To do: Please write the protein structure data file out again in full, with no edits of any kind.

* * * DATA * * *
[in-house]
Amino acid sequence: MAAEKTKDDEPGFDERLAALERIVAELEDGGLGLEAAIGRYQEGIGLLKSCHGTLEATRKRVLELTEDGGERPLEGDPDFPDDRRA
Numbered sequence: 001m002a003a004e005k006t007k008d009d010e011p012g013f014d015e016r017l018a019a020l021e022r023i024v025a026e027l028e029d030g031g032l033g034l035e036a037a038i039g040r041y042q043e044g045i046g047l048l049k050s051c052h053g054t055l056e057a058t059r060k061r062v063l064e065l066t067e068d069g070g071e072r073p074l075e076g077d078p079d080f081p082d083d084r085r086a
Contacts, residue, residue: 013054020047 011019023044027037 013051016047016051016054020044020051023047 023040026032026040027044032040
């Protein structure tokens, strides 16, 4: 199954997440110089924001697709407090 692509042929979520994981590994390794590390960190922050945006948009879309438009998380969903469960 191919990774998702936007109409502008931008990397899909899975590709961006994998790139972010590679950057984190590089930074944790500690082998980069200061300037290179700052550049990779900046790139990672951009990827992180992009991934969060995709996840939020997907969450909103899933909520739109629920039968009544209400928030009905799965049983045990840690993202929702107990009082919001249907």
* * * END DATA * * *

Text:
[in-house]
Amino acid sequence: MAAEKTKDDEPGFDERLAALERIVAELEDGGLGLEAAIGRYQEGIGLLKSCHGTLEATRKRVLELTEDGGERPLEGDPDFPDDRRA
Numbered sequence: 001m002a003a004e005k006t007k008d009d010e011p012g013f014d015e016r017l018a019a020l021e022r023i024v025a026e027l028e029d030g031g032l033g034l035e036a037a038i039g040r041y042q043e044g045i046g047l048l049k050s051c052h053g054t055l056e057a058t059r060k061r062v063l064e065l066t067e068d069g070g071e072r073p074l075e076g077d078p079d080f081p082d083d084r085r086a
Contacts, residue, residue: 013054020047 011019023044027037 013051016047016051016054020044020051023047 023040026032026040027044032040
């Protein structure tokens, strides 16, 4: 199954997440110089924001697709407090 692509042929979520994981590994390794590390960190922050945006948009879309438009998380969903469960 191919990774998702936007109409502008931008990397899909899975590709961006994998790139972010590679950057984190590089930074944790500690082998980069200061300037290179700052550049990779900046790139990672951009990827992180992009991934969060995709996840939020997907969450909103899933909520739109629920039968009544209400928030009905799965049983045990840690993202929702107990009082919001249907």